36. Discovery of Biconnected Components via Articulation Points • If can find articulation points then can compute biconnected components: Algorithm: • During DFS, use auxiliary stack to store visited edges. • Each time we complete the DFS of a tree child of an articulation point, pop all stacked edges • currently in stack • These popped off edges form a biconnected component

37. Characterization of an Articulation Point • Theorem a is an articulation point iff either (1) a is root with ≥ 2 tree children or (2) a is not root but a has a tree child v with low (v) ≥a (note easy to check given low computation)

38. Proof of Characterization of an Articulation Point • Proof The conditions are sufficient since any a-avoiding path from v remains in the subtree Tv rooted at v, if v is a child of a • To show condition necessary, assume a is an articulation point.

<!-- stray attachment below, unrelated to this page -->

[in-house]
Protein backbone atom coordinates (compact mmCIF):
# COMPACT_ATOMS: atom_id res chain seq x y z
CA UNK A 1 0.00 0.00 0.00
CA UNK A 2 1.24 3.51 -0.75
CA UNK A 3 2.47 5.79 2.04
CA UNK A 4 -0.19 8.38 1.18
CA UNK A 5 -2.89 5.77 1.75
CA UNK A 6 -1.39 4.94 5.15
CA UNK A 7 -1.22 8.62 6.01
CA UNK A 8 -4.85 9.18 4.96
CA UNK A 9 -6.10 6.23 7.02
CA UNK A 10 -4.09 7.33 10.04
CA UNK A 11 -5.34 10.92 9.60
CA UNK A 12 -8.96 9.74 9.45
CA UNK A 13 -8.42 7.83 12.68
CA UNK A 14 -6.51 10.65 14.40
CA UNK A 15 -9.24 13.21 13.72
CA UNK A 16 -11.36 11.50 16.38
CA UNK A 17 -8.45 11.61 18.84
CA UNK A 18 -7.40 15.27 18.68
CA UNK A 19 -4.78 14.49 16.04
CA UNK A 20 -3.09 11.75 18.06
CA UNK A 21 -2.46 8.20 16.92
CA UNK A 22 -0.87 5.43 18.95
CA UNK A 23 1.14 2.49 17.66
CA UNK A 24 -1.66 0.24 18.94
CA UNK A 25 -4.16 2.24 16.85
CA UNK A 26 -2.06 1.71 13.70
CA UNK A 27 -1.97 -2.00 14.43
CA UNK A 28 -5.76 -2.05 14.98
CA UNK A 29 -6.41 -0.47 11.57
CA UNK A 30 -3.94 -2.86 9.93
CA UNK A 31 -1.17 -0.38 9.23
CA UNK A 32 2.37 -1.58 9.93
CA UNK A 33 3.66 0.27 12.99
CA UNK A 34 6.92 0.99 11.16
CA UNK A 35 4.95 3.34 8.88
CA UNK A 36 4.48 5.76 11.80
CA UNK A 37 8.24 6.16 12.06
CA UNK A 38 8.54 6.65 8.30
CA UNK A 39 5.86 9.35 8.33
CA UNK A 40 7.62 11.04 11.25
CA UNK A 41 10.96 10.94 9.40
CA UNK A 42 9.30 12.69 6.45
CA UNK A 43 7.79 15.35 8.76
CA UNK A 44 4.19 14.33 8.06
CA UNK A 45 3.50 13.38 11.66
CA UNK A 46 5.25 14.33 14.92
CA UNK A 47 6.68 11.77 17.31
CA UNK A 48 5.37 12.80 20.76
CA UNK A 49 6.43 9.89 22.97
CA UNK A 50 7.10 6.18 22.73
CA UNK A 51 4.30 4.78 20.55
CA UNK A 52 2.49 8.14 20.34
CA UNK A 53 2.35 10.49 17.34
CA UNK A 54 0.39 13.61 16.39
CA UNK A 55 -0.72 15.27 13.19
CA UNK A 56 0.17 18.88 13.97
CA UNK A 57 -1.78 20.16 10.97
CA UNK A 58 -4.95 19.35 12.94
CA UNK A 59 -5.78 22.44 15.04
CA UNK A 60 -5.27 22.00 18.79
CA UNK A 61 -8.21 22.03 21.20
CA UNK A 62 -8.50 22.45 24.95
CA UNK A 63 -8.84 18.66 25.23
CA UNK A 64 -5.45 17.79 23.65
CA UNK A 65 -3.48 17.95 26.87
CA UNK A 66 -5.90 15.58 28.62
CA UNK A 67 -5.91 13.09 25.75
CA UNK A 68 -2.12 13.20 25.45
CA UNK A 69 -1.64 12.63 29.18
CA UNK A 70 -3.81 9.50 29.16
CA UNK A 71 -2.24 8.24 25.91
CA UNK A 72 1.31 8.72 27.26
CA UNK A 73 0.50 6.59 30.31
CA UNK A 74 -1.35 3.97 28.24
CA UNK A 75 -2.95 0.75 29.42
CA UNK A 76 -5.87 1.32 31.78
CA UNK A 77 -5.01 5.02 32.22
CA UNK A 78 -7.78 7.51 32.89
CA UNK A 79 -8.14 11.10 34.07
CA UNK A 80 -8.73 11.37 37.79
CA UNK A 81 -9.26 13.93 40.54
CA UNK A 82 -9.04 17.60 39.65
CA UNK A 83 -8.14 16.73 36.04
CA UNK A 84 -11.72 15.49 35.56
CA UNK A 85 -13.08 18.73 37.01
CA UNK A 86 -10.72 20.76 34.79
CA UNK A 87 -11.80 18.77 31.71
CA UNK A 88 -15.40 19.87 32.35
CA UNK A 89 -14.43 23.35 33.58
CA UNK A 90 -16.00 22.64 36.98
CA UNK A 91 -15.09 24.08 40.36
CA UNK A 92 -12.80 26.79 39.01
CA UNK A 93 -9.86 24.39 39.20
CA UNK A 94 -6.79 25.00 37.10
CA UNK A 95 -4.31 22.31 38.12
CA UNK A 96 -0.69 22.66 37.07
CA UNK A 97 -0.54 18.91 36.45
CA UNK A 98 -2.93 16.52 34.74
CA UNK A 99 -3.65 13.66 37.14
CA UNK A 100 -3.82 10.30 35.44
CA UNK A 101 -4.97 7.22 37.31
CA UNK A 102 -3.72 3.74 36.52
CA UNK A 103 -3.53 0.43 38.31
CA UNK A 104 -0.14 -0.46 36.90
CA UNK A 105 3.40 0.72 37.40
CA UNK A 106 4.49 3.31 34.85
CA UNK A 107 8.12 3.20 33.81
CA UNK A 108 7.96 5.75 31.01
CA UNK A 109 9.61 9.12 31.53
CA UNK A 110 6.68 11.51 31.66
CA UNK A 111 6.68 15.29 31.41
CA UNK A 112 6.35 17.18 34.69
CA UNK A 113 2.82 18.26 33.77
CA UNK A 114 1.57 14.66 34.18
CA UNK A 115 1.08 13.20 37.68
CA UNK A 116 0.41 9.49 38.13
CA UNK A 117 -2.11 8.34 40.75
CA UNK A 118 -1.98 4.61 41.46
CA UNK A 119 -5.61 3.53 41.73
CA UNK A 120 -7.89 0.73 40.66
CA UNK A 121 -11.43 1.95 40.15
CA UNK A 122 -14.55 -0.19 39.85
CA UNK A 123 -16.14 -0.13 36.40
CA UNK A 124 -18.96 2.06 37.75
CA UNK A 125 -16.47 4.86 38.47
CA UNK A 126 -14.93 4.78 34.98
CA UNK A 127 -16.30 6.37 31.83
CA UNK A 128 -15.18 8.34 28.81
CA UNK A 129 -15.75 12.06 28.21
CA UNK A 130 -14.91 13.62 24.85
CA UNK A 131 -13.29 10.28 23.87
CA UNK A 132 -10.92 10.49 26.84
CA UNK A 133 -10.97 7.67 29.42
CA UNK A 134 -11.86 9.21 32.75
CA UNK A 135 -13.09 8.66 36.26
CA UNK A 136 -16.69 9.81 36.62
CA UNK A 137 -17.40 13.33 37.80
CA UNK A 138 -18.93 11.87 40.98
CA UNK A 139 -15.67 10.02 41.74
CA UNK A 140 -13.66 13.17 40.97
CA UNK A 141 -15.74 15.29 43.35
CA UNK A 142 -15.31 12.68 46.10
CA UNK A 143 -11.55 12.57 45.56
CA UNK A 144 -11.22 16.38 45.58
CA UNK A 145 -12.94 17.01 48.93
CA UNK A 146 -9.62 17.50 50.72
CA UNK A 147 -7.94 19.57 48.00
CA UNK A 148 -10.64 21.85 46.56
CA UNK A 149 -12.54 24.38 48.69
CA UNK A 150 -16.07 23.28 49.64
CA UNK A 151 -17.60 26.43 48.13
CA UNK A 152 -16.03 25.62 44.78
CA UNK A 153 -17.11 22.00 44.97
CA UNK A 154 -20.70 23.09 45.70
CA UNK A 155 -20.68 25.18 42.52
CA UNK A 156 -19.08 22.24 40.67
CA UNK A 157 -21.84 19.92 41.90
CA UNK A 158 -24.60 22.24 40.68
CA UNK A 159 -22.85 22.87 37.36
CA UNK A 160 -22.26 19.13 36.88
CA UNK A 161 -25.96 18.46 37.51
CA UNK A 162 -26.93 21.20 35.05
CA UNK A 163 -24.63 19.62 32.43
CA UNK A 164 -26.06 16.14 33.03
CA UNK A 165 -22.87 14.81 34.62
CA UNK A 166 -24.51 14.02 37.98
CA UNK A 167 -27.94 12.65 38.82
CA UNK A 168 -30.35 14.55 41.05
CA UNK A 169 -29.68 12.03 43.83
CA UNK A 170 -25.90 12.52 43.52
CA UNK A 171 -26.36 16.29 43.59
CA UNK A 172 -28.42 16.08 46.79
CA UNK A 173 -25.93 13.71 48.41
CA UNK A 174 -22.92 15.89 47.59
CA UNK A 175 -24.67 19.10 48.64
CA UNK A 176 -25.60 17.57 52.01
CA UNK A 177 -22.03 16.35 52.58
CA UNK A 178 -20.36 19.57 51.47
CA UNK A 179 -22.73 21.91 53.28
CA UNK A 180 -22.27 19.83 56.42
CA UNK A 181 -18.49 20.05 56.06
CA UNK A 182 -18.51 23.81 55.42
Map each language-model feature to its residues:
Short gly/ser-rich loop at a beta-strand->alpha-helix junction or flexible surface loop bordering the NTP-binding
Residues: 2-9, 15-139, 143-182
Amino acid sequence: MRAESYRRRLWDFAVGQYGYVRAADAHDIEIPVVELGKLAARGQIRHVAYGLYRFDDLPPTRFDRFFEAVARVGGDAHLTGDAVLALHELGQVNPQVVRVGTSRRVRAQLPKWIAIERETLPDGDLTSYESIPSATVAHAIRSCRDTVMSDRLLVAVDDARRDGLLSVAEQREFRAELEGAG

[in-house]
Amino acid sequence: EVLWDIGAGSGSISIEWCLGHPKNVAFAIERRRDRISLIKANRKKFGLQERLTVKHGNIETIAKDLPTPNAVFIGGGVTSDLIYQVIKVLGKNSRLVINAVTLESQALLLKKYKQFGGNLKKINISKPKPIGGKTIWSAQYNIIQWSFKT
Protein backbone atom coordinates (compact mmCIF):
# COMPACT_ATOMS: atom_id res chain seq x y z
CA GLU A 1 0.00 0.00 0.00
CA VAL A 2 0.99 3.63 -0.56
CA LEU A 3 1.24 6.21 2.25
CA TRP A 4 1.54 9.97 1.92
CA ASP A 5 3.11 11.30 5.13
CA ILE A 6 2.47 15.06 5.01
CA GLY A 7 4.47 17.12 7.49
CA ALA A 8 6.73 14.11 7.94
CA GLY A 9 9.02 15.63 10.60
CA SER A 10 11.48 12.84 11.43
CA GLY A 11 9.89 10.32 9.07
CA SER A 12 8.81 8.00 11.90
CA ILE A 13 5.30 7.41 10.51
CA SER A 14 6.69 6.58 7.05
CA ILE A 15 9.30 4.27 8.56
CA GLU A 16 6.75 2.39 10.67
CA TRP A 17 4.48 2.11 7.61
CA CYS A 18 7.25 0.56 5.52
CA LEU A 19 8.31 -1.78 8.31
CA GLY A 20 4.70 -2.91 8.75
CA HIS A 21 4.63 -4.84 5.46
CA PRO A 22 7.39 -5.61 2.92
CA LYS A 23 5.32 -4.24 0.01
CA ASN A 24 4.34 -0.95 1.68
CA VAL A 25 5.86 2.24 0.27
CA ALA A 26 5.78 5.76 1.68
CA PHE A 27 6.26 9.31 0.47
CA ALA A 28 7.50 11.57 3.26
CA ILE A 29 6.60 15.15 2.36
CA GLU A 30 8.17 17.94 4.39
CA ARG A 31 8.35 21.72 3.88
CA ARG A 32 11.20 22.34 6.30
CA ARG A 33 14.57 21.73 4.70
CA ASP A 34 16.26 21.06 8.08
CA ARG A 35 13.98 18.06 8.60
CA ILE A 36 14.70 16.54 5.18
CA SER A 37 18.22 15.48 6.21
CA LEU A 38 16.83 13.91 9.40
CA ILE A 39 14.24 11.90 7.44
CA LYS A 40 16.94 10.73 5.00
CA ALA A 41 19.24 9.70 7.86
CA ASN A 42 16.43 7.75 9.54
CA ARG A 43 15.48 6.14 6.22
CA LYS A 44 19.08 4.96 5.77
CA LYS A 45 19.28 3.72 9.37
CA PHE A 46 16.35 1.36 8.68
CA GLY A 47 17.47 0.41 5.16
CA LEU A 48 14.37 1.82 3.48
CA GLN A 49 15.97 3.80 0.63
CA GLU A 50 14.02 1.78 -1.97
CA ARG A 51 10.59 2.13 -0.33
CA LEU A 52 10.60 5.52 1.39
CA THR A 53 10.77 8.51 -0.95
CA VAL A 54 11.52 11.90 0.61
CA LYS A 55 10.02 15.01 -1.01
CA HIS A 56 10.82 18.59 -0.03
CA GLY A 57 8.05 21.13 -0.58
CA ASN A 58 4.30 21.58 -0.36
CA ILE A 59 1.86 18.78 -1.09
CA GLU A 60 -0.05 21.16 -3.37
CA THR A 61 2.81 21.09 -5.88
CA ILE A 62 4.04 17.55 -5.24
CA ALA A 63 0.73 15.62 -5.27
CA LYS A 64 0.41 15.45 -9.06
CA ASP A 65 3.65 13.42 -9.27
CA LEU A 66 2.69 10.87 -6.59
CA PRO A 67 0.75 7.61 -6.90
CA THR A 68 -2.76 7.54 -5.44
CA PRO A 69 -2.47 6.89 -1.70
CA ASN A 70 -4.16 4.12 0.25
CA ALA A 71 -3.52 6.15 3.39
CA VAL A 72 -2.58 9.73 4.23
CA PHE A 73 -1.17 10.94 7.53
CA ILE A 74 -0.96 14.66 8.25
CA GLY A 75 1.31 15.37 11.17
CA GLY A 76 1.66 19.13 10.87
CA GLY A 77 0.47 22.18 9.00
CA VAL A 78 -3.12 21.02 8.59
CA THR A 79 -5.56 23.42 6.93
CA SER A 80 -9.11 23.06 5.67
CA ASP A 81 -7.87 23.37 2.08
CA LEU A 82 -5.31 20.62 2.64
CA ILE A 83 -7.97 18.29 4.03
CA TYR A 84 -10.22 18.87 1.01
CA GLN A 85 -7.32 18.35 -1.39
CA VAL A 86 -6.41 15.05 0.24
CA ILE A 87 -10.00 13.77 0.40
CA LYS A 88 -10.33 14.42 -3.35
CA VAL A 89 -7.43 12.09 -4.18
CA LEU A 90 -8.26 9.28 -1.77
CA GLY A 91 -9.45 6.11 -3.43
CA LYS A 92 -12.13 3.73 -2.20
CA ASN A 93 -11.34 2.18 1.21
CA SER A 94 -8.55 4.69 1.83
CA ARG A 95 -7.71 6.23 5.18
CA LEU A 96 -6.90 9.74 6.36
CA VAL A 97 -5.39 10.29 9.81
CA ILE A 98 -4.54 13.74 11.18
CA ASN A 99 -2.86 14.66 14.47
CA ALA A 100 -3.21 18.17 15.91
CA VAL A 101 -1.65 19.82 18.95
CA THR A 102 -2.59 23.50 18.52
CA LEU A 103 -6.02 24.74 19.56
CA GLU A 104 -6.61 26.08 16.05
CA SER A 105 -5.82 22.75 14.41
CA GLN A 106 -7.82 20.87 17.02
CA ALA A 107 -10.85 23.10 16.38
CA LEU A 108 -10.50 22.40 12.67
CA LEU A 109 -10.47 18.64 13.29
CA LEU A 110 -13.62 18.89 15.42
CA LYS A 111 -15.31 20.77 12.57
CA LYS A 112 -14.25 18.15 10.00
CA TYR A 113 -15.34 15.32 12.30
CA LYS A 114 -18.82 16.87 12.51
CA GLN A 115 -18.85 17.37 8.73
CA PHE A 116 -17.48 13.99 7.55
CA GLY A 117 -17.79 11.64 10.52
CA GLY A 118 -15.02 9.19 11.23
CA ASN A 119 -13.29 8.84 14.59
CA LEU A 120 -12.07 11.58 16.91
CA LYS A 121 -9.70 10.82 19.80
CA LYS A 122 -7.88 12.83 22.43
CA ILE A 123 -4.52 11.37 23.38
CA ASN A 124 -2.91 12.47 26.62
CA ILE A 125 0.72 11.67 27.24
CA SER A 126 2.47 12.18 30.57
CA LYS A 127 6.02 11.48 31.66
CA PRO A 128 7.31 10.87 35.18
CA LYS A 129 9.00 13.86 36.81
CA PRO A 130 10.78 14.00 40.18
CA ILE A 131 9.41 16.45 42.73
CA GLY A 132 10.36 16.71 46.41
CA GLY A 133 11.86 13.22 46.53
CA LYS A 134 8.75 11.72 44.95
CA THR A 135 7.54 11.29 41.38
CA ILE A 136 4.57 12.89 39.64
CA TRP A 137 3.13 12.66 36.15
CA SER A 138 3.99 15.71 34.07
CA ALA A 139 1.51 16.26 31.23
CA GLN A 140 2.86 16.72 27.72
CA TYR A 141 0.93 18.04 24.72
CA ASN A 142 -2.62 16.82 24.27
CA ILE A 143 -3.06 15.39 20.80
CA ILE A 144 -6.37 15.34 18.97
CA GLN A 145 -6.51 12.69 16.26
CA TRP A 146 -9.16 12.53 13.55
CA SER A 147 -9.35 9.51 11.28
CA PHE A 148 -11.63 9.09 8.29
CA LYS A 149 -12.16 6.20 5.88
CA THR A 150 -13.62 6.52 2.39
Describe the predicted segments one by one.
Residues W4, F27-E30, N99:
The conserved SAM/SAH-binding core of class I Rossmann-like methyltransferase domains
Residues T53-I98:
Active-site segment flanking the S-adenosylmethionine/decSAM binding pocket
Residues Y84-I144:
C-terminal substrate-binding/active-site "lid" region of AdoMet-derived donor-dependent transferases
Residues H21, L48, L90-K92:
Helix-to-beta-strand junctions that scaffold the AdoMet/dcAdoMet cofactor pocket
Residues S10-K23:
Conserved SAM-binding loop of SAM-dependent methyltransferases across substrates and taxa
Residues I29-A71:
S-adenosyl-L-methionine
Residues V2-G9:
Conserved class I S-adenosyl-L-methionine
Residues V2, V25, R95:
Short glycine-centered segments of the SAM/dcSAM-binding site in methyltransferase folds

39. Characterization of an Articulation Point (cont’d) • Case (1) If a is a root and is articulation point, a must have ≥ 2 tree edges to two distinct biconnected components. • Case(2) If a is not root, consider graph G - {a} which must have a connected component C consisting of only descendants of a, and with no backedge from C to an ancestor of v. Hence a has a tree child v in C and low (v) ≥a

40. root Articulation Point a is not the root no back edges a v subtree Tv C Proof of Characterization of an Articulation Point (cont’d) • Case (2)

41. Computing Biconnected Components • Theorem The Biconnected Components of G = (V,E) can be computed in time O(|V|+|E|) using a RAM • Proof idea • Use characterization of Bicoconnected components via articulation points • Identify these articulation points dynamically during depth first search • Use a secondary stack to store the edges of the biconnected components as they are visited • When an articulation point is discovered , pop the edges of this stack off to output a biconnected component